NYCC 2013 – Hercules: The Legend Begins – The Origin of a Hero…in 3D
Hercules. Son of Zeus. Demigod. There are few nowadays who haven’t heard the name of Hercules, at the least. Most of us have a passing familiarity, if not a more thorough knowledge, of this part of Greek mythology. Disney did their cartoon animation, Kevin Sorbo played the hero in a TV show, and now there are two films coming out next year about this legendary hero. So what sets Hercules: The Legend Begins apart from these other interpretations? The director, Renny Harlin (Die Hard 2, Cliffhanger), and actors Kellan Lutz (The Twilight Saga, Immortals), Gaia Weiss (Mary Queen of Scots), Scott Adkins (The Expendables 2, The Bourne Ultimatum), and Liam McIntyre (Spartacus: War of the Damned) made an appearance at New York Comic Con this past Saturday evening to promote their upcoming film.
Out of the panel came two main reasons that the panelists continually returned to in defense of their film: it will focus on the psyche of Hercules rather than his brute strength, and it was filmed specifically to be 3D.
Origin films have become popular, it seems, since Batman Begins (2005). In keeping with this, Harlin and his crew have created what they are calling the origin movie for Hercules (Lutz). Their argument is that other versions of Hercules are about his powers and later journeys, but this is the only film that treats him as a human character and goes back to his youth, before he knew his heritage and that he had a destiny greater than himself. This film endeavors to show the coming-of-age of the young man who would become Hercules, while centering the story around his romantic interest, Hebe (Weiss). Hercules comes into conflict with a father who hates him, is sent off to war, and then has to suffer many trials and challenges in his struggle to return home to the love of his life. I for one enjoy a good origin story, seeing the psychology behind the stereotype (e.g. Batman Begins, Casino Royale); however, I am not convinced by what I saw at the panel that they will succeed. The trailer they showed to the fans had no clear story to it, and just appeared as a jumble of action and romance scenes. It did not set this film apart, in my opinion, from every image of Hercules I already had. Not to mention the fact that they keep referring to Hercules being a young man in this film, but they’re using a 28-year-old actor (arguably young, yes, since he’s only a year older than myself) and the actor playing his father (Adkins) is only nine years older.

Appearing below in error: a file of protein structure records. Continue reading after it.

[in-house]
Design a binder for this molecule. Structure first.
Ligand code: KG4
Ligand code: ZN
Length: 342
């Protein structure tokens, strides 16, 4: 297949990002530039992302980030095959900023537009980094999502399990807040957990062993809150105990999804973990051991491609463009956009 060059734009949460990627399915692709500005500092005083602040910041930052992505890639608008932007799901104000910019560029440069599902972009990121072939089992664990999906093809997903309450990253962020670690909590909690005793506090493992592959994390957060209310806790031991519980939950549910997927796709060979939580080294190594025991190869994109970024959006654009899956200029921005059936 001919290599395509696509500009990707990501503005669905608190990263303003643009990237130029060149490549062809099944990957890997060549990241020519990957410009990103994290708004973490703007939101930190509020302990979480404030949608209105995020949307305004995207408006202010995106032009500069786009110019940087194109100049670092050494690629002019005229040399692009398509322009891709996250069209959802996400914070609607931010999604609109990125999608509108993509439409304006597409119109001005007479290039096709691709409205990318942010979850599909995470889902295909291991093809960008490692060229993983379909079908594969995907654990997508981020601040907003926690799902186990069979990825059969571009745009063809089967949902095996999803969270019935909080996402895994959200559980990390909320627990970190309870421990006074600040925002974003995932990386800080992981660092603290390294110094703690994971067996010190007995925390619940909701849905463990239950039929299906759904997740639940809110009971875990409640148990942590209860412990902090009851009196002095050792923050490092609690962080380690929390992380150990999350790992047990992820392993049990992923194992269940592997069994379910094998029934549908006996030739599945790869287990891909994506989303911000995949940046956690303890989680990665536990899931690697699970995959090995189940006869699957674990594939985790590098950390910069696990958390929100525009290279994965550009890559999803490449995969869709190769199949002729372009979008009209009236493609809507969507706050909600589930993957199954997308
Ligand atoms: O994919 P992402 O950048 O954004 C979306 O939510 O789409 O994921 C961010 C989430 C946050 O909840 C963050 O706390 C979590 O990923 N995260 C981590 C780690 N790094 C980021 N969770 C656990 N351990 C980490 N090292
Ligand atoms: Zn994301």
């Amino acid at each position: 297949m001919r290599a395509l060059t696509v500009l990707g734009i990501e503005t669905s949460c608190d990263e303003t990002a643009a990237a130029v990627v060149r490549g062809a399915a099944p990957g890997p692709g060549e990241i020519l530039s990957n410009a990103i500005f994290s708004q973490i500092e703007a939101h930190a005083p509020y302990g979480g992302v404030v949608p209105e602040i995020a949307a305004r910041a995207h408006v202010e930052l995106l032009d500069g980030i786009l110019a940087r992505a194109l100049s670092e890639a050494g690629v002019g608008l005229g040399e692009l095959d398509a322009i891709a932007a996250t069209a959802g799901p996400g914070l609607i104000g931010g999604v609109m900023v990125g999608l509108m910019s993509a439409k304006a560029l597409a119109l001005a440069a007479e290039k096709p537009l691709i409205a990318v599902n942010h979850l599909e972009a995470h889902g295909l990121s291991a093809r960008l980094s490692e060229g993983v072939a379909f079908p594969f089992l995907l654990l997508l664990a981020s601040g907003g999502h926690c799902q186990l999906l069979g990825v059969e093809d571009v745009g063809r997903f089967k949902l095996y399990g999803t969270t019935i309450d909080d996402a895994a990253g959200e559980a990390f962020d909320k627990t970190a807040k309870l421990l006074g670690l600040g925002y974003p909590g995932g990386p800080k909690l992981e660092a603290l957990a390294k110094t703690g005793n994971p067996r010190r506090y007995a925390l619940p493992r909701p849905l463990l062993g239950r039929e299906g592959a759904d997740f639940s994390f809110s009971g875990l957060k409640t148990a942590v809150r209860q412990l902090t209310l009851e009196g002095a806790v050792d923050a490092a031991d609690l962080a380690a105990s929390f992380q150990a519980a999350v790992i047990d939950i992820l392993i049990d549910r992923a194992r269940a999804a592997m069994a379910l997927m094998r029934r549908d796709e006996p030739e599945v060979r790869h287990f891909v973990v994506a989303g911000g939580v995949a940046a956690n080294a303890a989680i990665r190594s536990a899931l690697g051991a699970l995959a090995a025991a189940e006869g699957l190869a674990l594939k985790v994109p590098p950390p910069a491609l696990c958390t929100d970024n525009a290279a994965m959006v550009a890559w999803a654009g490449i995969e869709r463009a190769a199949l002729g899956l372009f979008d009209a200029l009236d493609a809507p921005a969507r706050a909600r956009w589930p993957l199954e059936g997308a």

There has also been the great push toward 3D movies (and even home televisions), which to some has been more of a disappointment than anything else. The only movie I personally have seen that was worth the larger ticket price was Avatar, which was spectacular in 3D because of the world the film was set in. For Harlin, however, this is not just another gimmick to increase ticket prices. He has approached this film from the very beginning with 3D in mind. For him, there is more to 3D film than a simple conversion of a movie already in 2D. Harlin told fans that it starts from the entire visual design, even down to the way you light the scenes. With 3D, the way scenes are shot is different, as well. Punches and weapons sequences must be closer to the actors than they would need to be in 2D, and there cannot be a lot of quick cuts between shots. This means the takes are longer and, in many cases, real weapons are used. Harlin told one such story about bringing a real axe down next to Lutz’s head, because a fake one would bounce off the flooring. Lutz was eager to do the take again, but closer this time. However, when Harlin showed him how the axe hit farther away, but then bounced right next to his head because of the force, Lutz was fine with using the shot they had. Harlin had to be meticulous with planning every shot and sequence. For him and this film, shooting for 3D raised the bar. For those who like action flicks, this may be a reason in and of itself to check out the film when it is released in March.
All told, the cast does seem to have a great chemistry, McIntyre standing out above the rest with his silliness and knack for comedy, and hopefully that will come across in the film. I cannot say I’ve been convinced to go see the film myself, but it has potential, and I look forward to seeing further trailers that better capture the tone and story they are looking for. I hope those will do more to persuade me.